Although not quite on par with Tokyo, the eating in Osaka is excellent and there are numerous places to dine at. You will also find a large collection of cuisines, not just Japanese. They include great Chinese and Korean eats, as well as a glut of European cafés especially French and Italian and good old American fast food joints.
Although Osaka has a bit of a reputation as an unruly place (from a Japanese perspective), it is still incredibly safe by Western standards. It comes with a temperate climate and standard rules of Japanese etiquette, while obtaining yen and getting about by public transport is a breeze.
Japan's second largest city sits in the Kansai region of Honshu on Osaka Bay and is an industrial powerhouse and the original commercial capital. Despite its rich history, Osaka is not really one for the historian, focusing more on its shopping and futuristic side, though it does boast important shrines and landmarks.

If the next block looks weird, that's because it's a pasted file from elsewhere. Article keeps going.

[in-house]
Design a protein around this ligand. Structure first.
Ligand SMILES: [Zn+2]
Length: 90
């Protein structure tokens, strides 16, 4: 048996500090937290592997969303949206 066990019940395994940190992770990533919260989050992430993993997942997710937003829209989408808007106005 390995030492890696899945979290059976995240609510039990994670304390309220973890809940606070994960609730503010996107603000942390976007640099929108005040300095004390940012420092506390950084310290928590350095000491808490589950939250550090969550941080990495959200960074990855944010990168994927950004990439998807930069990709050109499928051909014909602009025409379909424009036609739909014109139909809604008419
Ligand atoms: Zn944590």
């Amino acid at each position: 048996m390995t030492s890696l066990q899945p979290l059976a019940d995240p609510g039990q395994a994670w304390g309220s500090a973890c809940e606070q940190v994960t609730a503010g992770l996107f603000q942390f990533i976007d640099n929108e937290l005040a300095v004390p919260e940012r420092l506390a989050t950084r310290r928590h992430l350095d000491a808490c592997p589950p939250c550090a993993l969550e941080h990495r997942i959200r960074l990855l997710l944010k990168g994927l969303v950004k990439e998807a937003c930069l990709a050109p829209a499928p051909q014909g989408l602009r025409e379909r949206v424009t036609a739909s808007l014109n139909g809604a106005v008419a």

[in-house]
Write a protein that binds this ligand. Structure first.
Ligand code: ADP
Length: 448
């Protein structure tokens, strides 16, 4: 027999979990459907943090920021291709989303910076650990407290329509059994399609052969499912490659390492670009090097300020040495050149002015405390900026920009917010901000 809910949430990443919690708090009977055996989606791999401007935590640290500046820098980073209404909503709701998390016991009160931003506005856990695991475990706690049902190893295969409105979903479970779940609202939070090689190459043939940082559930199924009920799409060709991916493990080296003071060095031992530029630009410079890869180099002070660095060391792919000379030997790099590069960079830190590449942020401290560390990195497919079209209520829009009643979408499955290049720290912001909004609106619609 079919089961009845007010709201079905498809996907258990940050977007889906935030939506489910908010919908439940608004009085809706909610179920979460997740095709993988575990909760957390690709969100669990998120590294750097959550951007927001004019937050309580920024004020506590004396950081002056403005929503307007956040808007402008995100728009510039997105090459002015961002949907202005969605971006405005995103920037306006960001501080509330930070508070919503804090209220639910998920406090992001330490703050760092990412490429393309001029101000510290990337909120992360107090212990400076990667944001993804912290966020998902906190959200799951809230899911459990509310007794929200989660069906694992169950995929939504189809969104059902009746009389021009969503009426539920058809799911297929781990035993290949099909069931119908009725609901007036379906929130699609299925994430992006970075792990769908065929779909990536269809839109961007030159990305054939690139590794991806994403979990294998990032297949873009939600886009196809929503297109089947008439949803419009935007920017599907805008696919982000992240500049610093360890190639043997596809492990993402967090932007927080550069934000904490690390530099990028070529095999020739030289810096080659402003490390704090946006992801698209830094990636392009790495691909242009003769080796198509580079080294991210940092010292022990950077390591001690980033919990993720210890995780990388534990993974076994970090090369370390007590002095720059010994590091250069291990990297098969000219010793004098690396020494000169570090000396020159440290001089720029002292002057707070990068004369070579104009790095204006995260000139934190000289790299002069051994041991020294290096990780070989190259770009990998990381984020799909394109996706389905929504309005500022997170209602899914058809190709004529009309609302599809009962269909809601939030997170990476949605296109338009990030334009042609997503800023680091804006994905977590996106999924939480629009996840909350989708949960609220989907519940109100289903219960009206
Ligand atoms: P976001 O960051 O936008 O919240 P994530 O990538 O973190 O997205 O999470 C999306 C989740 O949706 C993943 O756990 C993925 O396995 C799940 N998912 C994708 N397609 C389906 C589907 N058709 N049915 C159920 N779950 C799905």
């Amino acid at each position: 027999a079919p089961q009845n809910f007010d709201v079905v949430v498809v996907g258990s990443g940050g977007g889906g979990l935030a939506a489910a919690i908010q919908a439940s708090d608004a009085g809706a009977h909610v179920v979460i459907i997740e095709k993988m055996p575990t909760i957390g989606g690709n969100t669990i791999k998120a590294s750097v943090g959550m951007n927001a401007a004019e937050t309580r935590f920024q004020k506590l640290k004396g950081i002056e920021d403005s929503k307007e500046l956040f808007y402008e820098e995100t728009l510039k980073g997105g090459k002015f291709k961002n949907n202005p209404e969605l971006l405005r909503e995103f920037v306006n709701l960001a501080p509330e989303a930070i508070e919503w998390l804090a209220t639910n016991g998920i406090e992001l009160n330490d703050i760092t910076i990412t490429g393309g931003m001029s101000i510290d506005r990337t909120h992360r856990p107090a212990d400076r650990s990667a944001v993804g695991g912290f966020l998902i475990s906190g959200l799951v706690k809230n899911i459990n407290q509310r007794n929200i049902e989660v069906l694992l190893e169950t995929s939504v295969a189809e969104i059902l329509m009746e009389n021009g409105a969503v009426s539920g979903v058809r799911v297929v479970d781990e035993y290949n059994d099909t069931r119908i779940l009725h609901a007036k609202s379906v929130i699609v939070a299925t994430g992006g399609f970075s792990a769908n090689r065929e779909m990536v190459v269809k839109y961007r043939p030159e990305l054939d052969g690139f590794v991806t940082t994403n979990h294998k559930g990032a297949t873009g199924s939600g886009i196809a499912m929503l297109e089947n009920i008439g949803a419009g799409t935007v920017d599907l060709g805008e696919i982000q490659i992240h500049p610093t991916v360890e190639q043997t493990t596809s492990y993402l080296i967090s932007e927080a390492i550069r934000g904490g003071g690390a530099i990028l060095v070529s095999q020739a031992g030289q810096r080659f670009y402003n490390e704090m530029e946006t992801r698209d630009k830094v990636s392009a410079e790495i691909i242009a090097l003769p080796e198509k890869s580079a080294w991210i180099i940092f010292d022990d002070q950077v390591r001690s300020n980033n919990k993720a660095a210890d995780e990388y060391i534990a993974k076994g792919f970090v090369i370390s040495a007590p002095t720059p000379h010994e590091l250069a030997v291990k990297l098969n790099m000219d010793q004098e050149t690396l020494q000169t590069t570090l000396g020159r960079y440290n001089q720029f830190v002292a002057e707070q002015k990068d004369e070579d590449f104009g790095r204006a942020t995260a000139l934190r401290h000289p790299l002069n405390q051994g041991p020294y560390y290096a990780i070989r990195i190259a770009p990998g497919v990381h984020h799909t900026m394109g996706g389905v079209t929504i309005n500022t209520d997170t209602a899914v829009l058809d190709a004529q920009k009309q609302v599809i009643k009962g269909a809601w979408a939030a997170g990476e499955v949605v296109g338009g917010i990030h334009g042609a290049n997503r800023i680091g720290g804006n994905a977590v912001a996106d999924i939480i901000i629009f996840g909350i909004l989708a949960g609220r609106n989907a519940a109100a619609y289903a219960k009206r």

Shopping is what Osaka does best. It has an absolute huge collection of malls and arcades, many of which are set underground to keep the heat off of shoppers. Electronics and clothing items are the most popular buys and you can find some good bargains in the height of summer and winter low seasons
It's not all about the shopping; Osaka also has a good spread of attractions, both traditional and modern. There is something of interest for all types of visitor, from a highly regarded zoo and parks to some of the country's most high profile temples and shrines. There are also several well done museums.
Osaka has a huge amount to entertain. In fact it is one of Japan's most fun cities for all ages and persuasions. There are interesting museums and unique landmarks to check out such as the Floating Garden Observatory, the buzzing American Village in downtown and a host of theme parks like Universal Studios Japan.